Submitted on 11January 2005 by Dave Gynn, Coleman Professional Services, Volunteer Coordinator, Kent, Ohio USA
Volunteers in 2005 are looking for quick, meaningful activities.  Folks who are willing to volunteer for the same activity one day a week forever are not around anymore.  We need to organize our volunteer requests around specific short-term activities.  It takes more time, more volunteers, more training, more staff buy-in; but it is what volunteers are looking for.

Submitted on 7 January 2005 by Pam Bell
"Will faith based volunteering emerge as the new volunteerism?" I think you miss the point. It's not whether it is a major section of volunteer work, but will it continue to be seen as "religious" and thereby not considered "community" volunteerism.  For decades, the "religious" institutions have volunteered. In fact, most religions see this as the act of bringing God's compassion and love to the world, not as the evangelism of conversion. In this country we have always classified religious institutions as some how maligning or tainting true community volunteerism, when in fact they are community driven and community based. True, there are some religious communities investing a heavy evangelistic message with their outreach, but these are a minority of religious groups volunteering to make the world a better place to live. Even so, they bring all the elements of compassion and positive change into communities across the world. So, it's not whether religious community service is the new volunteerism, it's whether the country will recognize the contribution as part of the societal mainstream of volunteerism.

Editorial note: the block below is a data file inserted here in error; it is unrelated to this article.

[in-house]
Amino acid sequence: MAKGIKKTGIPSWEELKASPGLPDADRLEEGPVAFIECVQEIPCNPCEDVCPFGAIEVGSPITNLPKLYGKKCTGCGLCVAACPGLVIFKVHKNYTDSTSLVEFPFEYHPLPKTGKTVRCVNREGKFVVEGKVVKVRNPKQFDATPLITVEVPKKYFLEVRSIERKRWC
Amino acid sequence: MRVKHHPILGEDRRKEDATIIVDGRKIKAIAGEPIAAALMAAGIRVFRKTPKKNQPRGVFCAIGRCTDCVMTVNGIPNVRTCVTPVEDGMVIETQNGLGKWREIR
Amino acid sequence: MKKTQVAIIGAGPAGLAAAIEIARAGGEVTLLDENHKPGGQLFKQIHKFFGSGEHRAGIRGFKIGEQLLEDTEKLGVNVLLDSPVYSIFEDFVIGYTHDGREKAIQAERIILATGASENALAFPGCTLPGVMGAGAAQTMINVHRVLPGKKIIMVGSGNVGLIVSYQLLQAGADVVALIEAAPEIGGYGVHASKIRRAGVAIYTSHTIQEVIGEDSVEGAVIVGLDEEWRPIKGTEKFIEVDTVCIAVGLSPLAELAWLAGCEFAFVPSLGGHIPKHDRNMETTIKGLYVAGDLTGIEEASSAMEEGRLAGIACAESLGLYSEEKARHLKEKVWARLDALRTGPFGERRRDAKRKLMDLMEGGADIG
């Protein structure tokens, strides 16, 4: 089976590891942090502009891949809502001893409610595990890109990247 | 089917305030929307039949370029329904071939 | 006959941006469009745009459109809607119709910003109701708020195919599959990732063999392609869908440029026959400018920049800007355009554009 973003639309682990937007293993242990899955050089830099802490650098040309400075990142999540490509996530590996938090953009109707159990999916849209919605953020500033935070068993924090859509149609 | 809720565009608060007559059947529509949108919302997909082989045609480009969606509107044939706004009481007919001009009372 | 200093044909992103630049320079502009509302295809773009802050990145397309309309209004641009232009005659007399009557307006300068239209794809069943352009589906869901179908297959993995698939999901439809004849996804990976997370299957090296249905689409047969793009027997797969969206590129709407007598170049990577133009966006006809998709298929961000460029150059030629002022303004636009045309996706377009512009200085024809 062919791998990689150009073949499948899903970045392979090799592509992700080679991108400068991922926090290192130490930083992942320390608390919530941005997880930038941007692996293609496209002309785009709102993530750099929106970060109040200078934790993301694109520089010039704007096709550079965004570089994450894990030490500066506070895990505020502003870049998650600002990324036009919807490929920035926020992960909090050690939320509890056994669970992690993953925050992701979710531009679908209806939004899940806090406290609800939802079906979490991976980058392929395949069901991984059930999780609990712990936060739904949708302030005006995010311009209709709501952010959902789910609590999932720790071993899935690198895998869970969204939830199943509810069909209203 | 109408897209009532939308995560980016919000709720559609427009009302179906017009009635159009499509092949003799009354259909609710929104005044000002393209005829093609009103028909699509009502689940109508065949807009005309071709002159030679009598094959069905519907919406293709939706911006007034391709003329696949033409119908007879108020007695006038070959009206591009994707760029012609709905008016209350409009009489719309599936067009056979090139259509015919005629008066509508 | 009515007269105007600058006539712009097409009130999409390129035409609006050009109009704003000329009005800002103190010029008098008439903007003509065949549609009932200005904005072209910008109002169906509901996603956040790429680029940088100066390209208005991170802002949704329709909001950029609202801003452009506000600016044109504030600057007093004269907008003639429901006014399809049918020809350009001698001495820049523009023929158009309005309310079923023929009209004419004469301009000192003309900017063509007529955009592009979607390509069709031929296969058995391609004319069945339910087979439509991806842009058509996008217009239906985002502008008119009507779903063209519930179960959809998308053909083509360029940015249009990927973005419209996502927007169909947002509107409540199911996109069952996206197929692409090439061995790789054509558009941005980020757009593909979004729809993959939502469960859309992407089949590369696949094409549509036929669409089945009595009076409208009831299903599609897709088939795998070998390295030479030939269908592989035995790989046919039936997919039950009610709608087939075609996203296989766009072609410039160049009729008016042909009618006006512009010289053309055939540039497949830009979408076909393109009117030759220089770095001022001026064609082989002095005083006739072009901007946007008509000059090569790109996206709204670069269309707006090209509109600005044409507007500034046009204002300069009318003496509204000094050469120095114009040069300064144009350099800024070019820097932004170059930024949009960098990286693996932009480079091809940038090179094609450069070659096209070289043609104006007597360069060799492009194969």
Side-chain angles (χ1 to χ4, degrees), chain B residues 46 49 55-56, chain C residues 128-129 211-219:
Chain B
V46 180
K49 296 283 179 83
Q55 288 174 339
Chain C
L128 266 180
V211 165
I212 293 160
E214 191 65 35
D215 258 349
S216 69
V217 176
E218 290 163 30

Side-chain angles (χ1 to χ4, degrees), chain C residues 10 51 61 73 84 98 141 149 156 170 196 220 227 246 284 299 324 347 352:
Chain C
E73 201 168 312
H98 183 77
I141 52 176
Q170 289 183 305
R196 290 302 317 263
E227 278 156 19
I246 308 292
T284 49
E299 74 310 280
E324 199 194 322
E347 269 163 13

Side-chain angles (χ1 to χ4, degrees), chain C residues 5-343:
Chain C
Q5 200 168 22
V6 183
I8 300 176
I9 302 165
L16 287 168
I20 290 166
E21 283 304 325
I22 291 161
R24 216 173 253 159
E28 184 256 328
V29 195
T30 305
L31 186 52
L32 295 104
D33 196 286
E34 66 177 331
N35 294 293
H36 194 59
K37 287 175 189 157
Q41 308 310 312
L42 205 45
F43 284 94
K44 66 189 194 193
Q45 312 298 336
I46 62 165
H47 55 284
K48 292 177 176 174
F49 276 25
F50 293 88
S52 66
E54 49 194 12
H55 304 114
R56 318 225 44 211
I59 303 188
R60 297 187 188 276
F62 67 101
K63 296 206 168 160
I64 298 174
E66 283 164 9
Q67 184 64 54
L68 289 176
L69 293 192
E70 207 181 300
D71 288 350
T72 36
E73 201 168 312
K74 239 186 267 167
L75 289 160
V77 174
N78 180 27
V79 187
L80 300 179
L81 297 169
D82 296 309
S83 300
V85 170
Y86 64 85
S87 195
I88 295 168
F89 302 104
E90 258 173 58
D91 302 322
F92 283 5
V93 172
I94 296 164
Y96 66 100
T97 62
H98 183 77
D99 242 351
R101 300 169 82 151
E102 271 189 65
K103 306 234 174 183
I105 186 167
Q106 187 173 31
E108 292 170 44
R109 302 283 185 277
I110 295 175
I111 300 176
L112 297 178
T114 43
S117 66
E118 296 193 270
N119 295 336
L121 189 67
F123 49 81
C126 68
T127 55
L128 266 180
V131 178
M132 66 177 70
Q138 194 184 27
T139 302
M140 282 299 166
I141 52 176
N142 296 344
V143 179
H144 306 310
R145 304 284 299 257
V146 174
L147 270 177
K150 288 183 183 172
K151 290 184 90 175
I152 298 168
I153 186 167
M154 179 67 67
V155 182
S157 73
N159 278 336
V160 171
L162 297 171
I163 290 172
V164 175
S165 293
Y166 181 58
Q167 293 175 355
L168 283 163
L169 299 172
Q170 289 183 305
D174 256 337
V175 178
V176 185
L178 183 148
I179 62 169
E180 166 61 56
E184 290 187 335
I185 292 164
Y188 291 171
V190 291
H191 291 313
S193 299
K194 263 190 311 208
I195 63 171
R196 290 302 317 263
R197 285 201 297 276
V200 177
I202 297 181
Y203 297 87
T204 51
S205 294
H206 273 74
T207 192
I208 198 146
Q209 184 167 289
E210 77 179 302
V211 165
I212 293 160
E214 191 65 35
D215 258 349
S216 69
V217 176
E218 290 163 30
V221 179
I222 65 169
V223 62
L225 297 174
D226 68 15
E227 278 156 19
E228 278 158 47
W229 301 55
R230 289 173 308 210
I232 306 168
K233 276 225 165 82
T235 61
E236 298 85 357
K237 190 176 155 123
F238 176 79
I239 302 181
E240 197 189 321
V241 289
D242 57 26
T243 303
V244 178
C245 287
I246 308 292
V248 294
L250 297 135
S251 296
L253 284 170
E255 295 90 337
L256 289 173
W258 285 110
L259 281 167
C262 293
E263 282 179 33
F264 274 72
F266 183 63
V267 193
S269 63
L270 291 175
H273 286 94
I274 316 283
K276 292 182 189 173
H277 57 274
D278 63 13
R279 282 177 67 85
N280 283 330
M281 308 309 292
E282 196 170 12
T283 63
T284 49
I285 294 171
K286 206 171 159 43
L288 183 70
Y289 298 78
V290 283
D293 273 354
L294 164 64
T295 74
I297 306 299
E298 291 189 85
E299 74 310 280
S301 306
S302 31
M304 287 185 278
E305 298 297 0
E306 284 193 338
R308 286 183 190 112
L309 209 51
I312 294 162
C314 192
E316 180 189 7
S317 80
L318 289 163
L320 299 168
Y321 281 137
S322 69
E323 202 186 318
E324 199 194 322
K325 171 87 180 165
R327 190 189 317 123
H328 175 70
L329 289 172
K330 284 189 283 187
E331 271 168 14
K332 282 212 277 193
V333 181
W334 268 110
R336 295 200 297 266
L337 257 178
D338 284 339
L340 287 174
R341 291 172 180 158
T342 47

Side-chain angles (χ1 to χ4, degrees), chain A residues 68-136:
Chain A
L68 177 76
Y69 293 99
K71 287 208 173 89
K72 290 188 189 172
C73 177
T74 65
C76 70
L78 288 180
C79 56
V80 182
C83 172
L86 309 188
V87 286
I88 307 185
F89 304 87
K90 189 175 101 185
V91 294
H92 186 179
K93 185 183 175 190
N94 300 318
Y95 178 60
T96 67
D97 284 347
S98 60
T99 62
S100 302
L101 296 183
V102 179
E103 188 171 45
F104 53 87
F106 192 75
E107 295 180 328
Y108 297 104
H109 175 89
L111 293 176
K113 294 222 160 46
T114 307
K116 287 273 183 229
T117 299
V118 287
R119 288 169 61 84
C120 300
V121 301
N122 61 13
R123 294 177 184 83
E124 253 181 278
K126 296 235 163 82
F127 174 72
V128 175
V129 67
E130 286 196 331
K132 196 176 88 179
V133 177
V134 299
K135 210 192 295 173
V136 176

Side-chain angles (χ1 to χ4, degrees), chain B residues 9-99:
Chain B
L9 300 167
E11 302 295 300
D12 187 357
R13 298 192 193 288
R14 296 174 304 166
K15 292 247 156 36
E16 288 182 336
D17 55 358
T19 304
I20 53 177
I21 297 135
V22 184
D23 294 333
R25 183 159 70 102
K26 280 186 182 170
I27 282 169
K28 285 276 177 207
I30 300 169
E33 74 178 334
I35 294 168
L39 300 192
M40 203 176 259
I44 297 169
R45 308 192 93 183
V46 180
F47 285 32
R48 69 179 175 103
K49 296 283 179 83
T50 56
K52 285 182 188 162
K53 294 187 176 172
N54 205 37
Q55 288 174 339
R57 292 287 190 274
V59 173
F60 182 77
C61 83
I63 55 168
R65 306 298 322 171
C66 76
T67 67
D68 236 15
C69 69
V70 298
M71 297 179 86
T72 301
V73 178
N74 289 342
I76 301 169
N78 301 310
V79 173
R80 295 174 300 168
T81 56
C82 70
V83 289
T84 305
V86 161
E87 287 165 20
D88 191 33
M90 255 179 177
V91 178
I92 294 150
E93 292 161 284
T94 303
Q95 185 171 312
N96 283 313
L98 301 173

Submitted on 7 Jan 2005 by Arlene Stepputat, Integrity International, Author/Consultant, Santa Barbara CA
The area of service and volunteerism that I am exploring at a deeper level for myself and I hope for others is what I might call, "the consciousness of service."  I am looking at what inner skills really make the difference between being a true servant to others versus a do-gooder or worse a "fixer."  I am looking at how to close the gap between the sense of us and them and look at how to experience it from a real place as just us. Revisiting the classic, How Can I Help by Ram Dass and Paul Gorman and asking that at a deeper level.  To this end I am leading a class through community college and hope to dialogue with others to explore the heart of service from an ethical, psychological, and spiritual place. Using my book, The Caring Heart, too.

Submitted on 5 January 2005 by Hillary Roberts, Project Linus NJ, Inc., President, Keyport/NJ USA

"What are YOU keeping your eye on this year?"